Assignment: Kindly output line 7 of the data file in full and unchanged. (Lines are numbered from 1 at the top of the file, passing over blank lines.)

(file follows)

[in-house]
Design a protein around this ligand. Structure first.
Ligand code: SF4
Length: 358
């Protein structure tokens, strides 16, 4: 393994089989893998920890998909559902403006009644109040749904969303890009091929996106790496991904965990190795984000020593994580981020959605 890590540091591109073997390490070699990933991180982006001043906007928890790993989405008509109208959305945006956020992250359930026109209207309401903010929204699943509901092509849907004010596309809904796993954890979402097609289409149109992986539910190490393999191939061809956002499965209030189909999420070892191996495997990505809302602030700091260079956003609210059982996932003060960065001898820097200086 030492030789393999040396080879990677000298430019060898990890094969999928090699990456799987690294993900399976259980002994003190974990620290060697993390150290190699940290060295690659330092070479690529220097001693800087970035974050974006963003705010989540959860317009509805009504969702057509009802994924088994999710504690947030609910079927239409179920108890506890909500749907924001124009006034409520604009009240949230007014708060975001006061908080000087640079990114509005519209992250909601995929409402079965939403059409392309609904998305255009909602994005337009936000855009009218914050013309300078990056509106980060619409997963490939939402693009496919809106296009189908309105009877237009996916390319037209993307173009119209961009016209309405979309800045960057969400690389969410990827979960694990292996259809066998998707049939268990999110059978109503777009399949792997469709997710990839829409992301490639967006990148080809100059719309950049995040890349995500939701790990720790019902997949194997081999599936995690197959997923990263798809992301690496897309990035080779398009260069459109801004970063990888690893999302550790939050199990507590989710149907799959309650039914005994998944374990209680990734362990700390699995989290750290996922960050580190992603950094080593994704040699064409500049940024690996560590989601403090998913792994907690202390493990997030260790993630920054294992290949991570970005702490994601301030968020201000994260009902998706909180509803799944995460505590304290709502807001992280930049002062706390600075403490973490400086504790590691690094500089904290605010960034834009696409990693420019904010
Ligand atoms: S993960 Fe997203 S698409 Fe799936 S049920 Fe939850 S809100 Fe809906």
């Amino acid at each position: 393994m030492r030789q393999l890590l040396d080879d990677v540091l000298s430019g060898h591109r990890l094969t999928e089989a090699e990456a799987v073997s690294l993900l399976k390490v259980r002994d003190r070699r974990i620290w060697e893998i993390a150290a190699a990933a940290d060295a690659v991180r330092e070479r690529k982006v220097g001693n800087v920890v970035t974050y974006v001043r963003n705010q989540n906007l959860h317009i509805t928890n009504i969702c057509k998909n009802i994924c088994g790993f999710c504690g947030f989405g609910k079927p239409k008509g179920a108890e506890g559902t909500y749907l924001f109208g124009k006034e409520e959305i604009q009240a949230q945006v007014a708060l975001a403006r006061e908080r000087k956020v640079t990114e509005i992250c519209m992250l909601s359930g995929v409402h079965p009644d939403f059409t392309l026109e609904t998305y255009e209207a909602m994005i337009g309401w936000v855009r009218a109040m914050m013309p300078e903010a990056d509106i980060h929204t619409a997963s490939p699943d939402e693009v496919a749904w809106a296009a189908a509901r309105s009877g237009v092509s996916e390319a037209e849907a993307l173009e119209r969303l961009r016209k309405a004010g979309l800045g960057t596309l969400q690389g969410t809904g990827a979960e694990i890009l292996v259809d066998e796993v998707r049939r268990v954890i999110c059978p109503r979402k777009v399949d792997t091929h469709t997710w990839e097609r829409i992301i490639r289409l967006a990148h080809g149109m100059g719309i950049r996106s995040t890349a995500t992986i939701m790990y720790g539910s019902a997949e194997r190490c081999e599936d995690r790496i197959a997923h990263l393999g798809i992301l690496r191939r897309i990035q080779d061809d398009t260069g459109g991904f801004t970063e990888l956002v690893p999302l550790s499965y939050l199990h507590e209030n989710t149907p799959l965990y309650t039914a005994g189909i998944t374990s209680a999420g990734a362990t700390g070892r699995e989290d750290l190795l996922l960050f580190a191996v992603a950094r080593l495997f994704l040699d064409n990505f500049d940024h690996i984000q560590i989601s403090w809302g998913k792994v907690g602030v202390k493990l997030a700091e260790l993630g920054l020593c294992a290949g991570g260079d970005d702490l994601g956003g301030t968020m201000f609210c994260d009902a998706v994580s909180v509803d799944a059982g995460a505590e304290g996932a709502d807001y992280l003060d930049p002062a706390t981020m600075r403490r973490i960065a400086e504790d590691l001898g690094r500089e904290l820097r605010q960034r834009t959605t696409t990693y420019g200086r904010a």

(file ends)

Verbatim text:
């Amino acid at each position: 393994m030492r030789q393999l890590l040396d080879d990677v540091l000298s430019g060898h591109r990890l094969t999928e089989a090699e990456a799987v073997s690294l993900l399976k390490v259980r002994d003190r070699r974990i620290w060697e893998i993390a150290a190699a990933a940290d060295a690659v991180r330092e070479r690529k982006v220097g001693n800087v920890v970035t974050y974006v001043r963003n705010q989540n906007l959860h317009i509805t928890n009504i969702c057509k998909n009802i994924c088994g790993f999710c504690g947030f989405g609910k079927p239409k008509g179920a108890e506890g559902t909500y749907l924001f109208g124009k006034e409520e959305i604009q009240a949230q945006v007014a708060l975001a403006r006061e908080r000087k956020v640079t990114e509005i992250c519209m992250l909601s359930g995929v409402h079965p009644d939403f059409t392309l026109e609904t998305y255009e209207a909602m994005i337009g309401w936000v855009r009218a109040m914050m013309p300078e903010a990056d509106i980060h929204t619409a997963s490939p699943d939402e693009v496919a749904w809106a296009a189908a509901r309105s009877g237009v092509s996916e390319a037209e849907a993307l173009e119209r969303l961009r016209k309405a004010g979309l800045g960057t596309l969400q690389g969410t809904g990827a979960e694990i890009l292996v259809d066998e796993v998707r049939r268990v954890i999110c059978p109503r979402k777009v399949d792997t091929h469709t997710w990839e097609r829409i992301i490639r289409l967006a990148h080809g149109m100059g719309i950049r996106s995040t890349a995500t992986i939701m790990y720790g539910s019902a997949e194997r190490c081999e599936d995690r790496i197959a997923h990263l393999g798809i992301l690496r191939r897309i990035q080779d061809d398009t260069g459109g991904f801004t970063e990888l956002v690893p999302l550790s499965y939050l199990h507590e209030n989710t149907p799959l965990y309650t039914a005994g189909i998944t374990s209680a999420g990734a362990t700390g070892r699995e989290d750290l190795l996922l960050f580190a191996v992603a950094r080593l495997f994704l040699d064409n990505f500049d940024h690996i984000q560590i989601s403090w809302g998913k792994v907690g602030v202390k493990l997030a700091e260790l993630g920054l020593c294992a290949g991570g260079d970005d702490l994601g956003g301030t968020m201000f609210c994260d009902a998706v994580s909180v509803d799944a059982g995460a505590e304290g996932a709502d807001y992280l003060d930049p002062a706390t981020m600075r403490r973490i960065a400086e504790d590691l001898g690094r500089e904290l820097r605010q960034r834009t959605t696409t990693y420019g200086r904010a």